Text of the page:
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Re: changing roots on: dpkg -i

On Mon, Dec 15, 2003 at 10:50:17AM -0500, David Z Maze wrote:
> Rob Benton <rob.benton@conwaycorp.net> writes:
> > I'm trying to install the xfree86 packages with the /opt directory as
> > root.  I've tried using --instdir but the install fails on the
> > pre/postinst scripts.  Is there an easy way to do this without having to
> > build my own package?
> No.  In general, dpkg's options to "change the root" are useful if you
> have a chroot environment, or if you somehow otherwise have a complete
> working system installed somewhere other than / (e.g., you're booted
> off of a rescue CD and your hard disk is mounted on /target or
> something).  The best you could do with this approach is install X
> stuff in /opt/usr/X11R6/..., and even that wouldn't work because the X
> server will do things like look for its configuration file in /etc/X11
> (and has, in the Debian build, never heard of /opt).
> As far as X goes, IMHO the easiest way to get an XFree86 4.3 X server
> (because that's what you're really after, right?) is to download the
> Xxserv.tgz and Xmod.tgz binary tarballs from xfree86.org, unpack them
> somewhere like /usr/local, and repoint the /etc/X11/X symlink to point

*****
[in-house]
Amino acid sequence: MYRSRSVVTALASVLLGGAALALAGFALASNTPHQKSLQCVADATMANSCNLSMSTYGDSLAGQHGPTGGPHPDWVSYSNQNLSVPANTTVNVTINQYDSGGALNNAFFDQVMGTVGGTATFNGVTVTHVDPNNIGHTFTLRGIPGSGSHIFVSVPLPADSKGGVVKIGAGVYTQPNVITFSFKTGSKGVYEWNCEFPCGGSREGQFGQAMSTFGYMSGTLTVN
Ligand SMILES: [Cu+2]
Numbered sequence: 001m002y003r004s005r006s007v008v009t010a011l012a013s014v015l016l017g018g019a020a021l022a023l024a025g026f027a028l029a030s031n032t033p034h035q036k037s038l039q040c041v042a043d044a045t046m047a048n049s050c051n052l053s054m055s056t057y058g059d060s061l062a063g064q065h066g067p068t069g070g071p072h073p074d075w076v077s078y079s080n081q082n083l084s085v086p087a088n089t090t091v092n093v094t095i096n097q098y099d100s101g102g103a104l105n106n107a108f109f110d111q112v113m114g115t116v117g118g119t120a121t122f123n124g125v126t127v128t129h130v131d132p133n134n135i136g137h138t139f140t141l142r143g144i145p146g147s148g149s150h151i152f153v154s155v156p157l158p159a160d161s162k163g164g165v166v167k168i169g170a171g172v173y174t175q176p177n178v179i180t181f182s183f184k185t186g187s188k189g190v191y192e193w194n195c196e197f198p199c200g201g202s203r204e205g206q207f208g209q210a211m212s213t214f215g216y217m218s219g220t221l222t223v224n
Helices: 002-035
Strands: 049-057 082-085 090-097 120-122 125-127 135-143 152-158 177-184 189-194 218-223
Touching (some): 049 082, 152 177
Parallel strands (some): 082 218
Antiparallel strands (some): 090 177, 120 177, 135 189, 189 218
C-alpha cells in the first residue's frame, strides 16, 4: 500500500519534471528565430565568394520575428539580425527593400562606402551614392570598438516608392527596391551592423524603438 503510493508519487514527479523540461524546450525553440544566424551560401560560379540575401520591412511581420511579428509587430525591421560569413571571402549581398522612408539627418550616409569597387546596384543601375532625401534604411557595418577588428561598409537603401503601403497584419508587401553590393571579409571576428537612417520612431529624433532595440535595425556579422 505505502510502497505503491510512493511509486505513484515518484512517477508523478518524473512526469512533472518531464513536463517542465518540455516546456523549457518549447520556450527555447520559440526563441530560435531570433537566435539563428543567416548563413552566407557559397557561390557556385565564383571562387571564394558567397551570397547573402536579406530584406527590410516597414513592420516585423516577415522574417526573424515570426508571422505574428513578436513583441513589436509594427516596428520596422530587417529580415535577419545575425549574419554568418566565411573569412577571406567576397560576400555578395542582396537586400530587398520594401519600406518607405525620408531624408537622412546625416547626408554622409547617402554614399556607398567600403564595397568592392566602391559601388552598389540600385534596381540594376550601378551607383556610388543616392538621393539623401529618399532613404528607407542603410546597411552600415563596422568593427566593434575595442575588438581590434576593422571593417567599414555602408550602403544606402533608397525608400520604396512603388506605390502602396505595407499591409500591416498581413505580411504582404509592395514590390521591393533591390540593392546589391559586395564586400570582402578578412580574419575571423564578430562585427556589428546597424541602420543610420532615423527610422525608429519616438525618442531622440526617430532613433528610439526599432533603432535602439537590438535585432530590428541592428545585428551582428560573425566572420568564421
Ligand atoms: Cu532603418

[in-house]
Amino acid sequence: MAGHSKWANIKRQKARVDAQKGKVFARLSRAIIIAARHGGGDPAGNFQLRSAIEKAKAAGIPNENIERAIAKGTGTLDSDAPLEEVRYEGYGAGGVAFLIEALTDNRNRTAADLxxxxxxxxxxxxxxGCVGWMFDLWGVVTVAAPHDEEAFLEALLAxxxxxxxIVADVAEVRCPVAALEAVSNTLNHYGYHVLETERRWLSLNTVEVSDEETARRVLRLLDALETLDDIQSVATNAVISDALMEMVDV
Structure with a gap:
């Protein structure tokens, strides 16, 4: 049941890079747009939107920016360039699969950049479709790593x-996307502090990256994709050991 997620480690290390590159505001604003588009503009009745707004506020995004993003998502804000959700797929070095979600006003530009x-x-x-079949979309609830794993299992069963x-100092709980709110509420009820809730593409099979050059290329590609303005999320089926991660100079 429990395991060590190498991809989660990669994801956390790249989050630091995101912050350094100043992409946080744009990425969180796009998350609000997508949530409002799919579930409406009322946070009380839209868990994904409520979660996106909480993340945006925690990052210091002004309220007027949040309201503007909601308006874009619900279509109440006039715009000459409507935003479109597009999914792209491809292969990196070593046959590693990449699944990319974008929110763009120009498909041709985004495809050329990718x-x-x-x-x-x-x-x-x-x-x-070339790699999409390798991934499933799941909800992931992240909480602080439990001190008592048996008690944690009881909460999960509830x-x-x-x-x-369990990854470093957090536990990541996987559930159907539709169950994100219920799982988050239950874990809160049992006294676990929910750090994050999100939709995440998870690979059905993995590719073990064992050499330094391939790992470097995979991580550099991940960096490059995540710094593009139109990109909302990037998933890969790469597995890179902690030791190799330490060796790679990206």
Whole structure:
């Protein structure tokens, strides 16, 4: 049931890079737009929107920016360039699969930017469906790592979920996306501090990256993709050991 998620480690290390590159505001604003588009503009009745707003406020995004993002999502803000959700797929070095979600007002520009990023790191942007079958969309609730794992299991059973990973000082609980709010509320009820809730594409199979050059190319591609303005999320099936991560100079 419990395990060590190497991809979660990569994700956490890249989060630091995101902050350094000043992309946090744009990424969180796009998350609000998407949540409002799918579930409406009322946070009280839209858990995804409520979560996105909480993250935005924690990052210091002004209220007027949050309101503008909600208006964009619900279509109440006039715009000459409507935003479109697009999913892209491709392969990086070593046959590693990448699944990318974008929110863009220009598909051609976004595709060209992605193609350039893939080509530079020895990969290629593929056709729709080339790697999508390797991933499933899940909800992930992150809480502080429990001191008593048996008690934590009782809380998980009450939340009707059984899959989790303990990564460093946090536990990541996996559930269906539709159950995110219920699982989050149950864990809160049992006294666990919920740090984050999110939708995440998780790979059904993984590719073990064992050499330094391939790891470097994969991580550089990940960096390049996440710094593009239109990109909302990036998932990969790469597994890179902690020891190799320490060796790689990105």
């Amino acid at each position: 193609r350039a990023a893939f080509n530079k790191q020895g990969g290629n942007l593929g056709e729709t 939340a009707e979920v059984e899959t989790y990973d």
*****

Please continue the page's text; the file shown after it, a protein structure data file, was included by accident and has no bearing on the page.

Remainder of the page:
> to them.  There are also various backports, plus the ~official Debian
> experimental packages; search the list archives for details.  Debian
> in general "doesn't believe in /opt", and relocatable binaries are a
> hard problem that's not real high on the dpkg feature list.
> -- 
> David Maze         dmaze@debian.org      http://people.debian.org/~dmaze/
> "Theoretical politics is interesting.  Politicking should be illegal."
> 	-- Abra Mitchell
given the recurrence of opt/ related posts, it might be appropriate to
provide an other-distro-refugee howto  on debian.org, or, at least, a
specifically new user link to fhs resources. as far as i know, the only
linux distro that automatically assigns and relies on opt/ is suse (last
experience, 8.0; rh 5.0). 3 days of mandrake left me with only a memory
of sheer frustration, so much so that i simply can't remember whether
opt/ was a part of their plan. i know that opt/ is/was a feature of
various *nixes, but i can't see where /usr/local doesn't serve the same
objective already.


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